By Kayla Ricumstrict
Though journalists are facing higher levels of mistrust and physical intimidation, two journalists say their work feels more important than ever.
In talks at The Princeton Summer Journalism Program, Gabriel Debenedetti of New York Magazine and Megan Garber of The Atlantic spoke to a small group of student journalists about the problems facing journalists in the age of Trump.
Criticism is a part of the job for journalists, but Trump’s words have made it worse. “The failing New York Times and the Amazon Washington Post do nothing but write bad stories, even on very positive achievements,” the president wrote in a recent tweet, “and they will never change!”
For some reporters, this mistrust has turned into intimidation—and even violence. At a recent Trump rally, a woman gave CNN reporters the finger. Verbal attacks and offensive gestures are only two of a number of issues journalists have to face. “I know a lot of political writers who’ve felt under physical threat,” said Debenedetti, who covers politics for New York. “That is not something we should get used to, and we should not just say ‘that’s just okay, that’s just what it is.’ We shouldn’t have to deal with that.”
Garber, the Atlantic staff writer, agreed. “There is a feeling of fear, I have to say, among journalists,” she said. “People will feel entitled to send me all kinds of terrible feedback, and I think that’s a very common experience for women. I’m pretty sure it’s worse for women of color.”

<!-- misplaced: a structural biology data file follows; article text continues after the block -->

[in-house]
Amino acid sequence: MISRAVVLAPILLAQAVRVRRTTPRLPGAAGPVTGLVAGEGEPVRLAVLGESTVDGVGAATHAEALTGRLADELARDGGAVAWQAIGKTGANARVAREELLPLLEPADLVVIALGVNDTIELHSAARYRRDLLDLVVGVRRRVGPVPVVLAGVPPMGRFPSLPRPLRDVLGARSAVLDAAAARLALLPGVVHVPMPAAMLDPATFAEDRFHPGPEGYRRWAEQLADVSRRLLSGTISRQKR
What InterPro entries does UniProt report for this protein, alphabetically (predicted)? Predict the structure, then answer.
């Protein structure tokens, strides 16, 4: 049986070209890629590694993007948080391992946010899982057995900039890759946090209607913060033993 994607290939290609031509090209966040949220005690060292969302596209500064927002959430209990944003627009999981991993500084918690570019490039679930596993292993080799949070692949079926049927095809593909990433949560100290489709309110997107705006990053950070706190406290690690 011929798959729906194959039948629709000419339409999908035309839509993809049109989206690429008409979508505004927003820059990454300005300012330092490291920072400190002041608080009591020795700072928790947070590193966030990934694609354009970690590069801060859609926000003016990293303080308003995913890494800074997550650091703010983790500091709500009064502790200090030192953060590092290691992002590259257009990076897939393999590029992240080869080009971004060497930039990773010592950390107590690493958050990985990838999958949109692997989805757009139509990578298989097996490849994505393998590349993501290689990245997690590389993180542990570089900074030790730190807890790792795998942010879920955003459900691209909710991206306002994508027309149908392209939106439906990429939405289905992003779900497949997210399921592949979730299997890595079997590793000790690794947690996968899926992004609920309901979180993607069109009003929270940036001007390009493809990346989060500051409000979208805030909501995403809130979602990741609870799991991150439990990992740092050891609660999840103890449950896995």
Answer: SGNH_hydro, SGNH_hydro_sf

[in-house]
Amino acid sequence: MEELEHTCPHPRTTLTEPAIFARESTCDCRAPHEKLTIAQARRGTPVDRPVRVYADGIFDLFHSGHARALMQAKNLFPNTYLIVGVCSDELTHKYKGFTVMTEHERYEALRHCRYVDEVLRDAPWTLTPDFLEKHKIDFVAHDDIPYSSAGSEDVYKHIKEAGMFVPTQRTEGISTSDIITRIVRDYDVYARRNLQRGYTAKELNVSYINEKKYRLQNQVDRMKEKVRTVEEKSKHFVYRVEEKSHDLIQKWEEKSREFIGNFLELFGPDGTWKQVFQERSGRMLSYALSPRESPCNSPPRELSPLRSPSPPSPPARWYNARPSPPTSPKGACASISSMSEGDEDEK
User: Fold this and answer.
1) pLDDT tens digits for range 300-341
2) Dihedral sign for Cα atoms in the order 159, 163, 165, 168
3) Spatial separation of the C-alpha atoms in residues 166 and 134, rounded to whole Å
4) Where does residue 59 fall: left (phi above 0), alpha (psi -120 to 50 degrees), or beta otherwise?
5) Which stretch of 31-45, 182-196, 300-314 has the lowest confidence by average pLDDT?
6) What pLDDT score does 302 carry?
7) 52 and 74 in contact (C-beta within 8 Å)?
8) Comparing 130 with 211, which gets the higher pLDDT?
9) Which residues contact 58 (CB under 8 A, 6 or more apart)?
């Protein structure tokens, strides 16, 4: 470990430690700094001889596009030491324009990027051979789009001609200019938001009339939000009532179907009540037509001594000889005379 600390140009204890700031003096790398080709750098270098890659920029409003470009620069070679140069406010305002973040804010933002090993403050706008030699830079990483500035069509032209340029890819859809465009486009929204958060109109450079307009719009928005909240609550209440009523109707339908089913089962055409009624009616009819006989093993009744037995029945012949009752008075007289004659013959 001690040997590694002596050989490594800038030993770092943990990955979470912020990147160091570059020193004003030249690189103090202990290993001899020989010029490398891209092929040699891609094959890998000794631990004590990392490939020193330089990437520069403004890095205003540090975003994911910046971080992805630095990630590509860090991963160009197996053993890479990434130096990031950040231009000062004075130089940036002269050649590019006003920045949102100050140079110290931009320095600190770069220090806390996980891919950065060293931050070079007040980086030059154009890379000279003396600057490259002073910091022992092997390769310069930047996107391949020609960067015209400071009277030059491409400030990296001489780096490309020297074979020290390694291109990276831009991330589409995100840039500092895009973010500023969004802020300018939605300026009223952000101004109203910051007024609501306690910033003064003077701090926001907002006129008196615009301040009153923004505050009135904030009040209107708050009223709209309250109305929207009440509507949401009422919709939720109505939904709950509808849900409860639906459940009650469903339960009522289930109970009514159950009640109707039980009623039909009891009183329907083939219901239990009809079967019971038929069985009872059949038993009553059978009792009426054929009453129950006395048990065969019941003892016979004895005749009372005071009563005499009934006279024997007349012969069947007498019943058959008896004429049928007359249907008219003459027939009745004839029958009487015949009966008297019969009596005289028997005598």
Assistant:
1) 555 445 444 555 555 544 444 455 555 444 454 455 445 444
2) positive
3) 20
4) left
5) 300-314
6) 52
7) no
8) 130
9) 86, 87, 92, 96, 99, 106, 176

Intolerance for women and people of color is also a problem within the newsroom, said Garber. That has weakened the public’s trust in journalists because many people don’t see their stories represented. “Journalism has been a profession dominated by white men,” said Garber. “I think people now are responding to that narrowness by resenting journalism overall, but I don’t think that’s fair.” Despite that, Garber is excited to see more diversity. “We are getting more and more people into journalism, more and more voices,” she said. Those people are “able to share their own experiences to tell the stories of people whose stories weren’t always told before.”